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Published byNichole Tetley Modified over 2 years ago

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A set as any collection of well-defined objects, which we usually denote with { }. 1 π ,,, …, -2, -1, 0, 1, 2, …

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We say a set is finite if given enough time we could count the number of elements. Grains of sand in the Sahara Desert

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We say a set is infinite if we cannot count the number of elements no matter how much time we have. Lines passing through the point (0,0)

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… … … Al Bob How many of Al’s plants will be left? How many of Bob’s plants will be left?

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Georg Cantor was an 18 th century German Mathematician, and was the first to rigorously study infinite sets. He is considered the creator of an area of mathematics called Set Theory. Cantor was a mathematical genius whose theory of infinite sets was groundbreaking and way ahead of its time.

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In fact, his theory was so fantastic and counter-intuitive that many mathematicians refused to believe them and treated Cantor with a great deal of contempt. “I don’t know what predominates in Cantor's theory - philosophy or theology, but I am sure that there is no mathematics there.” - Leopold Kronecker, Cantor’s one-time advisor aand most ardent critic “The future will view Cantor’s theory of infinite sets as disease from which one has recovered” - Henri Poincare “[Cantor’s work] is the finest product of mathematical genius and one of the supreme achievements of purely intellectual human activity” - David Hilbert However, many came to see the genius in Cantor’s ideas.

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Cantor wanted to measure the size of sets. With finite sets this is easy enough, you can simply count the number of elements of the set. What if the set is infinite ? To answer this question, imagine you forgot how to count and consider the two sets below: Clearly, these sets are the same size. Without counting can you come up with a way of showing they have the same number of elements?, ,,, ,,,, We use the buddy system and pair elements from each set. If we have no elements left over, the sets are the same size! We call this pairing a one-to-one correspondence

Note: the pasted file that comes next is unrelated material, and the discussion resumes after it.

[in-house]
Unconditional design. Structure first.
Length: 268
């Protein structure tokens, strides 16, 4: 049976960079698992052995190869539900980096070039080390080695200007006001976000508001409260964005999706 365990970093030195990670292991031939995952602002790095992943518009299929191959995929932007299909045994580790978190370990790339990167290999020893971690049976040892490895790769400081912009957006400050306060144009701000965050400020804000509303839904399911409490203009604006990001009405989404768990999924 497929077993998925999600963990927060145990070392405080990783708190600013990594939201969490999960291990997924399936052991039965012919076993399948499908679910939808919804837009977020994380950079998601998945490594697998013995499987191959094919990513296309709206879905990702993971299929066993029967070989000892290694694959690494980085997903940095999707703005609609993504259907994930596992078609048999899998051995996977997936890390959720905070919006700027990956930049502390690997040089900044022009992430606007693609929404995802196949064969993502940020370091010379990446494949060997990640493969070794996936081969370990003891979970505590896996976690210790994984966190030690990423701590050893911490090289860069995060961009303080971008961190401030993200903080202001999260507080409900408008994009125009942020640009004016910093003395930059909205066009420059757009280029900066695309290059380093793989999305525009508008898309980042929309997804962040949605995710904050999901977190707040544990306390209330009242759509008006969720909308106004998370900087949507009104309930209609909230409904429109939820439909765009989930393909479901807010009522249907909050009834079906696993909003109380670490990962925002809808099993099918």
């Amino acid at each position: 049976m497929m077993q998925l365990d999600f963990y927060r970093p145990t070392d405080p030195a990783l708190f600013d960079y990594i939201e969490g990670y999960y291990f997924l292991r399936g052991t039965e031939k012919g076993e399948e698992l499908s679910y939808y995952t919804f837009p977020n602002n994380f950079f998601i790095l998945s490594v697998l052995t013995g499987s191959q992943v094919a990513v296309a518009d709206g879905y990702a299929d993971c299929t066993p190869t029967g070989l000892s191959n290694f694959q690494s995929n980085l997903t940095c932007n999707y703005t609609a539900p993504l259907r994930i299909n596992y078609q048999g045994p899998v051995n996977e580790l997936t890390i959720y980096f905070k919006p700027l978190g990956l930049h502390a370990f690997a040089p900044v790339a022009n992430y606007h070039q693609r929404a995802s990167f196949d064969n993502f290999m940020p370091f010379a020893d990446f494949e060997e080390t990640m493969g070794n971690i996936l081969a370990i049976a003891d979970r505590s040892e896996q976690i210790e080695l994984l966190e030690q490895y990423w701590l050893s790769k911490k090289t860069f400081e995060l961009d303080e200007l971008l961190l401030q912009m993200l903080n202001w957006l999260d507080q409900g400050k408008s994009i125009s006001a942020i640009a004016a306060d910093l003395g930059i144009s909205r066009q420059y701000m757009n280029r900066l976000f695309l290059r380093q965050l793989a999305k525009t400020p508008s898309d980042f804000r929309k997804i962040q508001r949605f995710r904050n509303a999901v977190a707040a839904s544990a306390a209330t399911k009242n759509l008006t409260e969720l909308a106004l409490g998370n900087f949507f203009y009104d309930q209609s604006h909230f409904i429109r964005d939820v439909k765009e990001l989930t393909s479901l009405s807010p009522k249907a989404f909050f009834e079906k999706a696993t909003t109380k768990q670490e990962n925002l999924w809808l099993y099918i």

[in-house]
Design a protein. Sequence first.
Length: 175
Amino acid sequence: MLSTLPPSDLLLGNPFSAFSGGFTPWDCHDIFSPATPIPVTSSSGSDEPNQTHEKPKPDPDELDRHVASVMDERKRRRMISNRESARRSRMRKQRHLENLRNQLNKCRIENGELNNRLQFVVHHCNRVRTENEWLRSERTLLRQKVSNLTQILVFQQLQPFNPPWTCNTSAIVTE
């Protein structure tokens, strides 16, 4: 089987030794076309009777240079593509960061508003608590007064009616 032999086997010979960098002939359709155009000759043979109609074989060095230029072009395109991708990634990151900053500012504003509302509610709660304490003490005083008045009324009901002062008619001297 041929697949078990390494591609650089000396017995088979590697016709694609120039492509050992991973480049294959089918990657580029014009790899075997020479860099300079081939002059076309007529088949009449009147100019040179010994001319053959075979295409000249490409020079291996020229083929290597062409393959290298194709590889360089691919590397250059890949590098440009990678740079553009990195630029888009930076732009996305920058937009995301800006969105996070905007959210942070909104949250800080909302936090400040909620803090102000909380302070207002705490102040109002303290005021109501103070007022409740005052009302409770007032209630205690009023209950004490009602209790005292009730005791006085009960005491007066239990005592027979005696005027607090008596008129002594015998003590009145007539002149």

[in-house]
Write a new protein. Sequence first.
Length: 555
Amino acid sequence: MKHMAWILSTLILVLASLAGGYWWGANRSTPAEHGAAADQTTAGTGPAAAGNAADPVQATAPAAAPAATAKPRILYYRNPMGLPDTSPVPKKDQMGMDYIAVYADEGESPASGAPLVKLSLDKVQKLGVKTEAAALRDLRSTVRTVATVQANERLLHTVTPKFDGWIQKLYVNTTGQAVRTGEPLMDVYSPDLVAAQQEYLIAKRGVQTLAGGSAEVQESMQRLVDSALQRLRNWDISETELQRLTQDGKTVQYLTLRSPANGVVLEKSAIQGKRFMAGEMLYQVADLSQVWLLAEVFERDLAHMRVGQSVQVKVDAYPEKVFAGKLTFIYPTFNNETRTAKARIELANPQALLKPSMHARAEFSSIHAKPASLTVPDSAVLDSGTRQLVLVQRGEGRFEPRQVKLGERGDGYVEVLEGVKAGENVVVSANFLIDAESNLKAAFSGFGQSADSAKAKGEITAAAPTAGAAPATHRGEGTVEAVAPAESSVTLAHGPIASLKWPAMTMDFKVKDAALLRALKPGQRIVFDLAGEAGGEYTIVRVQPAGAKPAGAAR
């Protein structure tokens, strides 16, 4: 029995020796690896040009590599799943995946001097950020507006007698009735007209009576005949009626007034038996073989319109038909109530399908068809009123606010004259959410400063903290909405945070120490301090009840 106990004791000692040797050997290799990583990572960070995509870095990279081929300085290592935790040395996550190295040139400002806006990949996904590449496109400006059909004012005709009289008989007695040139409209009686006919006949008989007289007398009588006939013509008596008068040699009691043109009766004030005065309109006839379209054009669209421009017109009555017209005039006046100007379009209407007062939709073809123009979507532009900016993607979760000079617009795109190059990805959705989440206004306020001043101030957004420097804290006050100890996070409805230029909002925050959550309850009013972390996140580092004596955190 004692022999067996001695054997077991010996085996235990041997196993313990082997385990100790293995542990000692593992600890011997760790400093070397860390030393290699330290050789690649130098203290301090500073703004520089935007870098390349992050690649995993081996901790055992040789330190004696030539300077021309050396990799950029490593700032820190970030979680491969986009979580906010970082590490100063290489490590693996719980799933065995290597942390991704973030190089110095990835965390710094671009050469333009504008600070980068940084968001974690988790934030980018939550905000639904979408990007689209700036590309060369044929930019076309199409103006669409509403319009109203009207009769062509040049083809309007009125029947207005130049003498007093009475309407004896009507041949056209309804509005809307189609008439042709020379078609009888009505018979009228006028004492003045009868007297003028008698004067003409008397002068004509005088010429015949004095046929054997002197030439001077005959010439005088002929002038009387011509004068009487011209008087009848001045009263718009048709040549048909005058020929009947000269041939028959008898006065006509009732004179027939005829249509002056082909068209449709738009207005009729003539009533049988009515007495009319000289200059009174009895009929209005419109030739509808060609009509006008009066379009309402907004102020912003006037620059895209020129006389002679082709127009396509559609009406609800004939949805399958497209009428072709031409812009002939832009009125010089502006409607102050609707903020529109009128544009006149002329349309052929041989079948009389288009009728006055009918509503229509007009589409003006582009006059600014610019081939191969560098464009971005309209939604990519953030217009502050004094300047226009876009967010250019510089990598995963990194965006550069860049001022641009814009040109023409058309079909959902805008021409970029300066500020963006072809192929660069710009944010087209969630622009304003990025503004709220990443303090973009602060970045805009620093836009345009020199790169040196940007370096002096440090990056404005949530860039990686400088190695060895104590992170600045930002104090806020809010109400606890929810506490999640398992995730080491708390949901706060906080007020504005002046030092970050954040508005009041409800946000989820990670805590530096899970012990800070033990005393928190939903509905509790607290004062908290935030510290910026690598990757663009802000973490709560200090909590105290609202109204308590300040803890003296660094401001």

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Suppose we remove two elements from the first set: We can see that these two sets are no longer the same size by counting, and no matter how we try to pair elements up there will always be two left over. 8571,, ,,,, This is obvious and pretty boring when we’re considering finite sets, but when we look at infinite sets we find some surprises…

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Consider the following two sets: 01 (0,0)(1,0) (1,1)(0,1) Do these two sets have the same number of elements? … … 0.719… 0.548… (0.719…, 0.548…) YES!

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Cantor wondered if every infinite set has the same number of elements? Given an infinite set, can you check each element into its own room in your hotel? To answer this, imagine you are the manager of a hotel with an infinite number of rooms numbered 1, 2, 3, …

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Can you find a way to check in the even counting numbers ? Can you find a way to check in the rational numbers ? Can you find a way to check in the integers ?

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11/21/31/41/5… 22/22/32/42/5… 33/23/33/43/5… 44/24/34/44/5… … ………… We can write the rational numbers out in a grid as follows: Room 1: Room 2: Room 3: Room 4: Room 5: Room 6: Room 7: … 1 1/ /3 1/4 2/3

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This means that the set of even counting numbers, counting numbers, integers, and rational numbers all have the SAME number of elements! But we still haven’t answered our question of whether or not every infinite set has the same number of elements. It turns out that this is not the case! The set of real numbers cannot be checked into our infinite hotel.

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We want to show that no matter how we check the real numbers in, there will be at least one real number left over. Room 1: Room 2: Room 3: Room 4: Room 5: Room 6: … … … … … … … … … … … … …

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How many more irrational numbers are there than rationals ? If you were to randomly choose a real number the probability that it is rational is 0 ! The probability that it is irrational is 1 !

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